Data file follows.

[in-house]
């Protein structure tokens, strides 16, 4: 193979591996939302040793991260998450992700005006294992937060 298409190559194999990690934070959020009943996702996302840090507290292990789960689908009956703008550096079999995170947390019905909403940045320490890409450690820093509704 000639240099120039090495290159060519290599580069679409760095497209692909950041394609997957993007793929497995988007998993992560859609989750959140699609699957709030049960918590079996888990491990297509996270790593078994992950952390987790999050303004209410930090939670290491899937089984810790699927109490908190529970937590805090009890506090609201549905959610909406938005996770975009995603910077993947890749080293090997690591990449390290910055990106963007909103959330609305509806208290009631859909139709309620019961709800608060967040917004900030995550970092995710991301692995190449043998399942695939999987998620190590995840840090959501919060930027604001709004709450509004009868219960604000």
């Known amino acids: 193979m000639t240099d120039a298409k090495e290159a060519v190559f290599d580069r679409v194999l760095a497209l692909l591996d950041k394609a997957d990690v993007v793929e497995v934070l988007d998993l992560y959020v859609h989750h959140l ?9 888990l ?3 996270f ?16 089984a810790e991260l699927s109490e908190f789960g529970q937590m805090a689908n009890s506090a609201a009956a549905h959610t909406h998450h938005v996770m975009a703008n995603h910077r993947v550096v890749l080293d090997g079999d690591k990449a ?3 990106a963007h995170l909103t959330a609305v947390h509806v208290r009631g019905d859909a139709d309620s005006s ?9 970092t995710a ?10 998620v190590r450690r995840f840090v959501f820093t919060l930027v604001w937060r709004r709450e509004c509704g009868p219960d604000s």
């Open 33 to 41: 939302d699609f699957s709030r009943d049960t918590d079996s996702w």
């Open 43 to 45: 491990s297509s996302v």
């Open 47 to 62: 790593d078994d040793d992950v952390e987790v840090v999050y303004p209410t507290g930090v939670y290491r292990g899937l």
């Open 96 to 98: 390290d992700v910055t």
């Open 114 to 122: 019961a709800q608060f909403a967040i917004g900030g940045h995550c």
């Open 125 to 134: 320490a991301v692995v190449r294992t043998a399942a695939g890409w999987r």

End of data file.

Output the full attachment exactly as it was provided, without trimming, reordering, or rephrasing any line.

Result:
[in-house]
């Protein structure tokens, strides 16, 4: 193979591996939302040793991260998450992700005006294992937060 298409190559194999990690934070959020009943996702996302840090507290292990789960689908009956703008550096079999995170947390019905909403940045320490890409450690820093509704 000639240099120039090495290159060519290599580069679409760095497209692909950041394609997957993007793929497995988007998993992560859609989750959140699609699957709030049960918590079996888990491990297509996270790593078994992950952390987790999050303004209410930090939670290491899937089984810790699927109490908190529970937590805090009890506090609201549905959610909406938005996770975009995603910077993947890749080293090997690591990449390290910055990106963007909103959330609305509806208290009631859909139709309620019961709800608060967040917004900030995550970092995710991301692995190449043998399942695939999987998620190590995840840090959501919060930027604001709004709450509004009868219960604000």
């Known amino acids: 193979m000639t240099d120039a298409k090495e290159a060519v190559f290599d580069r679409v194999l760095a497209l692909l591996d950041k394609a997957d990690v993007v793929e497995v934070l988007d998993l992560y959020v859609h989750h959140l ?9 888990l ?3 996270f ?16 089984a810790e991260l699927s109490e908190f789960g529970q937590m805090a689908n009890s506090a609201a009956a549905h959610t909406h998450h938005v996770m975009a703008n995603h910077r993947v550096v890749l080293d090997g079999d690591k990449a ?3 990106a963007h995170l909103t959330a609305v947390h509806v208290r009631g019905d859909a139709d309620s005006s ?9 970092t995710a ?10 998620v190590r450690r995840f840090v959501f820093t919060l930027v604001w937060r709004r709450e509004c509704g009868p219960d604000s």
């Open 33 to 41: 939302d699609f699957s709030r009943d049960t918590d079996s996702w």
């Open 43 to 45: 491990s297509s996302v």
């Open 47 to 62: 790593d078994d040793d992950v952390e987790v840090v999050y303004p209410t507290g930090v939670y290491r292990g899937l």
């Open 96 to 98: 390290d992700v910055t």
């Open 114 to 122: 019961a709800q608060f909403a967040i917004g900030g940045h995550c």
């Open 125 to 134: 320490a991301v692995v190449r294992t043998a399942a695939g890409w999987r």